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Intel is likely to accelerate transition to dual-core desktop chips by designing next-generation Pentium M processors code-named Jonah to fit not only into mobile, but also into desktop computers.

Quite some sources earlier indicated Intel’s intention to introduce a processor architecture that would be used in mobile and desktop processors. Nowadays Intel offers Pentium 4 chips and derivatives for desktops and Pentium M microprocessors for notebooks because the Pentium 4 consumes too lot of energy and dissipates more heat for mobile computers.

However, earlier it was said that the unified architecture for different processors is to be introduced in 2006 or 2007. It was expected that the first similar CPUs from Intel for desktop and notebook computer will be Merom and Conroe, but DigiTimes web-site reported today that Intel’s next year’s Jonah processor will fit both in desktop and laptop PCs. Nevertheless, the timeframes for the Jonah are now said to be the 2H 2005 or the 1H 2006.

The code-named Jonah chip is projected to contain two Dothan cores and to be made using 65nm fabrication technology. The central processing unit is said to disable the second core when functioning on battery power and will enable both cores once the computer is plugged to power outlet. Thermal Design Power of Jonah is likely to be about 45W, while die size is expected to be 100 – 120 square millimeters.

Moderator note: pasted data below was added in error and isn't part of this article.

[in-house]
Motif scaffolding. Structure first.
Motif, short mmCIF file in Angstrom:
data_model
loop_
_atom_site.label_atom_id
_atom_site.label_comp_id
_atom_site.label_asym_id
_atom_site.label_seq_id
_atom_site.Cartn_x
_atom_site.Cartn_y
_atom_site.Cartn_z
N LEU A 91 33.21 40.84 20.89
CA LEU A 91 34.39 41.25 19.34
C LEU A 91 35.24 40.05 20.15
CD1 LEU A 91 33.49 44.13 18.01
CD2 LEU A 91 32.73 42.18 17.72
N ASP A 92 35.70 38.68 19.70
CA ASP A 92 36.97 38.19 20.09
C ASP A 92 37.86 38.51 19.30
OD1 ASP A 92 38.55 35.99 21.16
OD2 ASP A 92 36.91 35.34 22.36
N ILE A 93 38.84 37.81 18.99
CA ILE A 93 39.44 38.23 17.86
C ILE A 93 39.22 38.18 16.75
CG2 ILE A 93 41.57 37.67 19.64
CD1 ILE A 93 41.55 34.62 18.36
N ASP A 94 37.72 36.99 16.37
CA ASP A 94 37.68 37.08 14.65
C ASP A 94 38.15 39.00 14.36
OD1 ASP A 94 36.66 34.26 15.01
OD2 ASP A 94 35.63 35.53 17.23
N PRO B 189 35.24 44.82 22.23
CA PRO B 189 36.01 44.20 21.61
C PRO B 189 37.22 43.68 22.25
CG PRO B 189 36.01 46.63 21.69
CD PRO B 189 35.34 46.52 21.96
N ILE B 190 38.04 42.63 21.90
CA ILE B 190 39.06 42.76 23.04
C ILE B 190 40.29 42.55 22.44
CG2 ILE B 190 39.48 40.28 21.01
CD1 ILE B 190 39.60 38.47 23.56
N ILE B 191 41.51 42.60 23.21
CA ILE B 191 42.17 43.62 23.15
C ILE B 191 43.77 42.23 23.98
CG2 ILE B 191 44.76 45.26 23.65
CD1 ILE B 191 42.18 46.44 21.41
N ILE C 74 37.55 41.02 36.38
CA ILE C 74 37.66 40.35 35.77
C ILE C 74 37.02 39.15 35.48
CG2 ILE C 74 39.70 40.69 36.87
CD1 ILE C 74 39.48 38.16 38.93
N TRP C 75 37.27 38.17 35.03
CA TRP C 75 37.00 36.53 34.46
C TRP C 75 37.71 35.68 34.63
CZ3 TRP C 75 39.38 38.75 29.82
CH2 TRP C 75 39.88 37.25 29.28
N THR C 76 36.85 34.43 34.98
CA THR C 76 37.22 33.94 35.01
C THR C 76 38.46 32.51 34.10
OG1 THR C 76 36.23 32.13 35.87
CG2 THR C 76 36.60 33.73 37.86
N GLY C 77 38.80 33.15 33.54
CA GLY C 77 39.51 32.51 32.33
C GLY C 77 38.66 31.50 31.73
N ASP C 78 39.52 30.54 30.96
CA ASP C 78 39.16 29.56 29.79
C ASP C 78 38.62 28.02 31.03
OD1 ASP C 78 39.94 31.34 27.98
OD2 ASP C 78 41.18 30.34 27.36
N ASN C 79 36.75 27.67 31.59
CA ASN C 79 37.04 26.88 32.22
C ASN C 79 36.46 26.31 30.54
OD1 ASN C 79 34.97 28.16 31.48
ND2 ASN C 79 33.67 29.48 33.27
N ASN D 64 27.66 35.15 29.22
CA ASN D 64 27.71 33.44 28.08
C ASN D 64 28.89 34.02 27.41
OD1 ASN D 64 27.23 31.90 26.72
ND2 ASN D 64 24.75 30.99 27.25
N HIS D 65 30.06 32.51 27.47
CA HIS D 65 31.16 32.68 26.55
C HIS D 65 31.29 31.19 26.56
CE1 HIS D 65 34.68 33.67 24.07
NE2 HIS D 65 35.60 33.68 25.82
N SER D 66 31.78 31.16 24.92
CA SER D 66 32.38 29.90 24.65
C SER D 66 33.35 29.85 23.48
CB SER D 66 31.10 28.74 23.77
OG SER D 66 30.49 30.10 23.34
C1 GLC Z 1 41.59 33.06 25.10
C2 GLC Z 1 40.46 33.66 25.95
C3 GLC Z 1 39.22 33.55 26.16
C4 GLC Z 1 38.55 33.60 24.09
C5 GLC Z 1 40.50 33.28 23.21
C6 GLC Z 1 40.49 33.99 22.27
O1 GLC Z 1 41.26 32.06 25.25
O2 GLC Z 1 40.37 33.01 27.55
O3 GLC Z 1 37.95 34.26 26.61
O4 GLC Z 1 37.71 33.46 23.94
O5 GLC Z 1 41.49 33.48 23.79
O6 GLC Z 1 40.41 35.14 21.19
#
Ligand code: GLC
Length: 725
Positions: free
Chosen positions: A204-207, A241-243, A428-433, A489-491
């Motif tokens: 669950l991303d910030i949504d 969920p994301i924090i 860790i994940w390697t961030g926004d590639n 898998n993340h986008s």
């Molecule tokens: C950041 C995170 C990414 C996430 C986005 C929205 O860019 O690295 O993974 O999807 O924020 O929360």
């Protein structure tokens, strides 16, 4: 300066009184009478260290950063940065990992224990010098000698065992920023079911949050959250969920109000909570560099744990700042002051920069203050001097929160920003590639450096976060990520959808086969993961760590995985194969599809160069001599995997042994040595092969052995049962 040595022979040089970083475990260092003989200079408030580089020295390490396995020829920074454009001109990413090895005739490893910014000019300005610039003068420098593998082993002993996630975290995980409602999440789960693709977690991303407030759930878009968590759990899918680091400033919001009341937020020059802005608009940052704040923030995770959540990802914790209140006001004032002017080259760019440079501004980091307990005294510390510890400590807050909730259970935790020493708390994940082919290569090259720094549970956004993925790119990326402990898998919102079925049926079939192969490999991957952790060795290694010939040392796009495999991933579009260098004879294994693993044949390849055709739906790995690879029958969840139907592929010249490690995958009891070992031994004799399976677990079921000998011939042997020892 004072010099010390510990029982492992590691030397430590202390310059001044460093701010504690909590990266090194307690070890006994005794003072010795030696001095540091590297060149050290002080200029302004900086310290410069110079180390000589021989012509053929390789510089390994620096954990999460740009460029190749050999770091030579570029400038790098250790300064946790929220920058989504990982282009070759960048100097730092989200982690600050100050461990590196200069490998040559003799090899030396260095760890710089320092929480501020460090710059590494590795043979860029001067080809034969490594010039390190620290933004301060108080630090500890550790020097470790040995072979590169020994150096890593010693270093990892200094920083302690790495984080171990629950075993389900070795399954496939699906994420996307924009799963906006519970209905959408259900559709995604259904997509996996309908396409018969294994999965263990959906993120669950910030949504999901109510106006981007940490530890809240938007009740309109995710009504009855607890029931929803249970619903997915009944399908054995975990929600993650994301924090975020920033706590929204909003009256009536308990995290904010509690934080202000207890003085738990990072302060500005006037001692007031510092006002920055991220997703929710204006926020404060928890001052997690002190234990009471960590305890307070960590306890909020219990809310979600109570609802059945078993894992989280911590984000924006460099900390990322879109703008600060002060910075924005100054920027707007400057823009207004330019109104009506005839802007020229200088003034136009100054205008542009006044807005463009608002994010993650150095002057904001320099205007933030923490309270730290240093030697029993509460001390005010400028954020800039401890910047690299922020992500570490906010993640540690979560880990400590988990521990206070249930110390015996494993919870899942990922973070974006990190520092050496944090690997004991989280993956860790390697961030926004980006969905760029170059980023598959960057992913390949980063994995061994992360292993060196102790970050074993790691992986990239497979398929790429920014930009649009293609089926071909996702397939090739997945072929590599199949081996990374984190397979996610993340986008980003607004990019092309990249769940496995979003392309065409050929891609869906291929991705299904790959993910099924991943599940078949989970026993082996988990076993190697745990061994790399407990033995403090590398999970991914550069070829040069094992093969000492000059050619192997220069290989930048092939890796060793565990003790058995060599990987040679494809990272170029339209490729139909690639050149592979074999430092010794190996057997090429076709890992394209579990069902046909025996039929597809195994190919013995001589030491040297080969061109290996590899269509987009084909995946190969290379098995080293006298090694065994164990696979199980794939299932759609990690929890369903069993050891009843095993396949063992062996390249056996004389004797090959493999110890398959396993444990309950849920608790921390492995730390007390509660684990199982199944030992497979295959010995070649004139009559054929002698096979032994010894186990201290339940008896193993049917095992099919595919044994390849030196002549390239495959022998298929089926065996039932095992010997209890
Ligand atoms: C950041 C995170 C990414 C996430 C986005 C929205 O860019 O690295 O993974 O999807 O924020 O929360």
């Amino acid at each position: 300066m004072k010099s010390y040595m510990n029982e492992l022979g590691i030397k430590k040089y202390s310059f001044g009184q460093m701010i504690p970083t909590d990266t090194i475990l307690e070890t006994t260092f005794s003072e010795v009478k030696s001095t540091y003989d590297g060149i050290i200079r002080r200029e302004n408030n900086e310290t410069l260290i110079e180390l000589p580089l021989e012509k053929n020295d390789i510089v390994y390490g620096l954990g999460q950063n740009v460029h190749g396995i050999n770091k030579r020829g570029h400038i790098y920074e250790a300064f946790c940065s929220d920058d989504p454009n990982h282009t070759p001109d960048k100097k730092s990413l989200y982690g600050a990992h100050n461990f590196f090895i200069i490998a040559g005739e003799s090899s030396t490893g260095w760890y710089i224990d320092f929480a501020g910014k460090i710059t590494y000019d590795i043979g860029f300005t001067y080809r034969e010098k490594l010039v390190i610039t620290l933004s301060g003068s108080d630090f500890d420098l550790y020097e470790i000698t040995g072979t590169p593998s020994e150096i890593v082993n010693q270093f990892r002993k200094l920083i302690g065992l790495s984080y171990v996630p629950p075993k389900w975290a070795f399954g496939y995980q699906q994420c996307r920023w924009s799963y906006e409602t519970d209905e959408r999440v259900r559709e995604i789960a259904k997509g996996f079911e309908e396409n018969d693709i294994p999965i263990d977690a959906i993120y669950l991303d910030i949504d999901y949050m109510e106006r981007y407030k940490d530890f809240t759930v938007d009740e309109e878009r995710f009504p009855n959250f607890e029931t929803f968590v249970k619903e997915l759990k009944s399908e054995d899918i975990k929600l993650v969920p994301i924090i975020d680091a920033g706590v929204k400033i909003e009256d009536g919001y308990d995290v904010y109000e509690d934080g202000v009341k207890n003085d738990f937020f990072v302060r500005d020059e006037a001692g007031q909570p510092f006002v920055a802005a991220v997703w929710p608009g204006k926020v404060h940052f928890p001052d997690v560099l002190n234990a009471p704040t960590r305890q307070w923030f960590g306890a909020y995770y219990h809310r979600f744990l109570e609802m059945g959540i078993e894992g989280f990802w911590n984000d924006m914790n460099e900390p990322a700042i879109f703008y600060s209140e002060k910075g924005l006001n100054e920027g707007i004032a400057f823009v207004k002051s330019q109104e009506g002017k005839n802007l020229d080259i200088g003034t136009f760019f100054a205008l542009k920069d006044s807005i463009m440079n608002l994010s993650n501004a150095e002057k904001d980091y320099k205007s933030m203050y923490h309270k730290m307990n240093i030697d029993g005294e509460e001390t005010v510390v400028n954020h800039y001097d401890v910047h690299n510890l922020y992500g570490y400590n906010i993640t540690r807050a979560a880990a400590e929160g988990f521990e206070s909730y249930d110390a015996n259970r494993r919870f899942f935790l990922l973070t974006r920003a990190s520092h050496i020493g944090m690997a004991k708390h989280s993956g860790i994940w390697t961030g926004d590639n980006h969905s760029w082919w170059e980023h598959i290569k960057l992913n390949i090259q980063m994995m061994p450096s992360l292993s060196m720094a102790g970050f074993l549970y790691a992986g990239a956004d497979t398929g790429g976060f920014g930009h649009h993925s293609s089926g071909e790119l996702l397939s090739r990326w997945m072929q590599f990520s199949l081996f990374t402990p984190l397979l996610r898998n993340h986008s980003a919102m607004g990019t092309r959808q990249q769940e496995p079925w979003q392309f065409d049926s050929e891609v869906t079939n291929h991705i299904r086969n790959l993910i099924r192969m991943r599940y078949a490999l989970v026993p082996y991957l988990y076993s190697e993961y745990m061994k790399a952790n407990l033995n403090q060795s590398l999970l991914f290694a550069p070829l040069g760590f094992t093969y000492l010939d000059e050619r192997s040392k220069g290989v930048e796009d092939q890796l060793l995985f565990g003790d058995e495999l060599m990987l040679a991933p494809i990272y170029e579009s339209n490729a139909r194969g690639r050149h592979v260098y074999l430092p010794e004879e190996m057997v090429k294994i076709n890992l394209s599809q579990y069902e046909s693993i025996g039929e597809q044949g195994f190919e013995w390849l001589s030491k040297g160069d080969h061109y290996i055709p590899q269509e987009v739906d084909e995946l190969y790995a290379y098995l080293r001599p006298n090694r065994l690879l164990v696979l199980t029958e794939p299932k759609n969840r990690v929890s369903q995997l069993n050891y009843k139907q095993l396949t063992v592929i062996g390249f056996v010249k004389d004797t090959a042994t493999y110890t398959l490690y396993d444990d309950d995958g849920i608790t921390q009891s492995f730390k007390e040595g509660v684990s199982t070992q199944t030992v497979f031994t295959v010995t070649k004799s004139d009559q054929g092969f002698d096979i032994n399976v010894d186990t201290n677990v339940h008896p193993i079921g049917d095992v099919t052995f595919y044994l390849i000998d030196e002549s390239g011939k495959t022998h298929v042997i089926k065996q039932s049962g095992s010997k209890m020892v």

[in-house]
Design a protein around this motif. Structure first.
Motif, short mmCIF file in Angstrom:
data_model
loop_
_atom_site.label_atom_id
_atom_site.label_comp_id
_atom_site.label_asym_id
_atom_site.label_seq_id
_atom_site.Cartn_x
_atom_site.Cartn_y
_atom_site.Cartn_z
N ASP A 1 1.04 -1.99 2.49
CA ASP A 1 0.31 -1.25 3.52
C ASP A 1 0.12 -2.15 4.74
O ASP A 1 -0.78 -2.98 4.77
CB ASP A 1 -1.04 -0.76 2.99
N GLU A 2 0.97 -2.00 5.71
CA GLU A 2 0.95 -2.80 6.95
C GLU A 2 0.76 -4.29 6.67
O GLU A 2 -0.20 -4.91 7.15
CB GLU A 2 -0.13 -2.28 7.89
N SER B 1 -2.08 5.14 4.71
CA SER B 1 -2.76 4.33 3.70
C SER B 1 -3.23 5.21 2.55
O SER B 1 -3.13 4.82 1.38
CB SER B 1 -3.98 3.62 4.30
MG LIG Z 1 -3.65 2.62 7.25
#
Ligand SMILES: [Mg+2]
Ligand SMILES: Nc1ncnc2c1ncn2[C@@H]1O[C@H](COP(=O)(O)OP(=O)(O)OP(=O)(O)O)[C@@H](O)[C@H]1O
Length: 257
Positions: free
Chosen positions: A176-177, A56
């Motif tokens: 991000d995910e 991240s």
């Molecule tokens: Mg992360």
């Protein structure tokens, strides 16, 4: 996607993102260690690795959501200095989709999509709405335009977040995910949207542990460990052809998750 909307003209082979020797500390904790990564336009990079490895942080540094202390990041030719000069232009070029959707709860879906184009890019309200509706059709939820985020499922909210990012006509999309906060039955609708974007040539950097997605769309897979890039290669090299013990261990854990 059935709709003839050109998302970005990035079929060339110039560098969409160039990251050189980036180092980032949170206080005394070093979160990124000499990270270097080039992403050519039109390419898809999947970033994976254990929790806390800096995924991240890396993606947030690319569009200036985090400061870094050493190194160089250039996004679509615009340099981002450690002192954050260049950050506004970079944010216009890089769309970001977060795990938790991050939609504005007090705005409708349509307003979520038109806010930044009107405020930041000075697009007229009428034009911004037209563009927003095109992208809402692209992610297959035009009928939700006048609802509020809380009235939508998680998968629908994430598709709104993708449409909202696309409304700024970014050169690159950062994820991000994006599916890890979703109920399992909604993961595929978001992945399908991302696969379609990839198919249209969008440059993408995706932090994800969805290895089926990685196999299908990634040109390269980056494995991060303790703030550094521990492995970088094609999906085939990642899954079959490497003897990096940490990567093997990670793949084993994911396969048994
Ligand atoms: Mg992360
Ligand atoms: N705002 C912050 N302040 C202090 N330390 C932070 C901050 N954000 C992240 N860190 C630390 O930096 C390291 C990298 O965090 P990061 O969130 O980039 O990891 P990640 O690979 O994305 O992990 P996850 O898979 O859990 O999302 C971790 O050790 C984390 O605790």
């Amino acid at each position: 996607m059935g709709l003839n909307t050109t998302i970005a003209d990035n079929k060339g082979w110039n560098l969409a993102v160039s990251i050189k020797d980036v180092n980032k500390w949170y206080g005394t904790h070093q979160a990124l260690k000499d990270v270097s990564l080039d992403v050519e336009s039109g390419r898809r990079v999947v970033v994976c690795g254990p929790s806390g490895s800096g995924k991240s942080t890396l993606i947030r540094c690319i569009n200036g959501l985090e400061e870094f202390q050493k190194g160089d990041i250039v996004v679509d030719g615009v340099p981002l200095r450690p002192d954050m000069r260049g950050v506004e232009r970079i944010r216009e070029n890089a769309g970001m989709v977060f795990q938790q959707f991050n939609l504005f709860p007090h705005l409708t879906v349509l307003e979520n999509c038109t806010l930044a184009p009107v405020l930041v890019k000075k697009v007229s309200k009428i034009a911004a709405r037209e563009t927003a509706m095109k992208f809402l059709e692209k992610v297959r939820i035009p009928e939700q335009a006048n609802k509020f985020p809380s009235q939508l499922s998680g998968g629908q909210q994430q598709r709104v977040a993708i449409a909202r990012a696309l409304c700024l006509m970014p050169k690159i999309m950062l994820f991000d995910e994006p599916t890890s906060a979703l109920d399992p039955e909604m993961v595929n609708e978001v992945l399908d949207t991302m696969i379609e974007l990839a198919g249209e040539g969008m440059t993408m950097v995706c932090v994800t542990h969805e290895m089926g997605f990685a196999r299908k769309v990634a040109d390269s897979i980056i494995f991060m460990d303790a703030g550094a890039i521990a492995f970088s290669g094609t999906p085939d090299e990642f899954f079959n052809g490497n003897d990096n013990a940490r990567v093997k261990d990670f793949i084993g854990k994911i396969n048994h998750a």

The successors of Jonah are Merom, Conroe (2006) and Gilo (2007) processors, all featuring brand-new architecture with 64-bit extension technology. Conroe might become Intel’s first dual-core IA32e processor for desktop computers. Intel’s code-named Merom microprocessor, which is also going to have a breed designed for desktop computers, will support all the latest techniques from Intel, including Intel Extended Memory 64 technology (IA32e), La Grande technology, Hyper-Threading technology, Vanderpool technology and some other features aimed to improve CPU performance and extend usage patterns of PC. The Merom microprocessor is expected to contain two or more processing cores and 4MB of built-in on-die cache, which is unbelievable size for desktop chips.

It is not clear which advantages the Jonah chip will have in terms of functionality over Banias and Dothan microprocessors.

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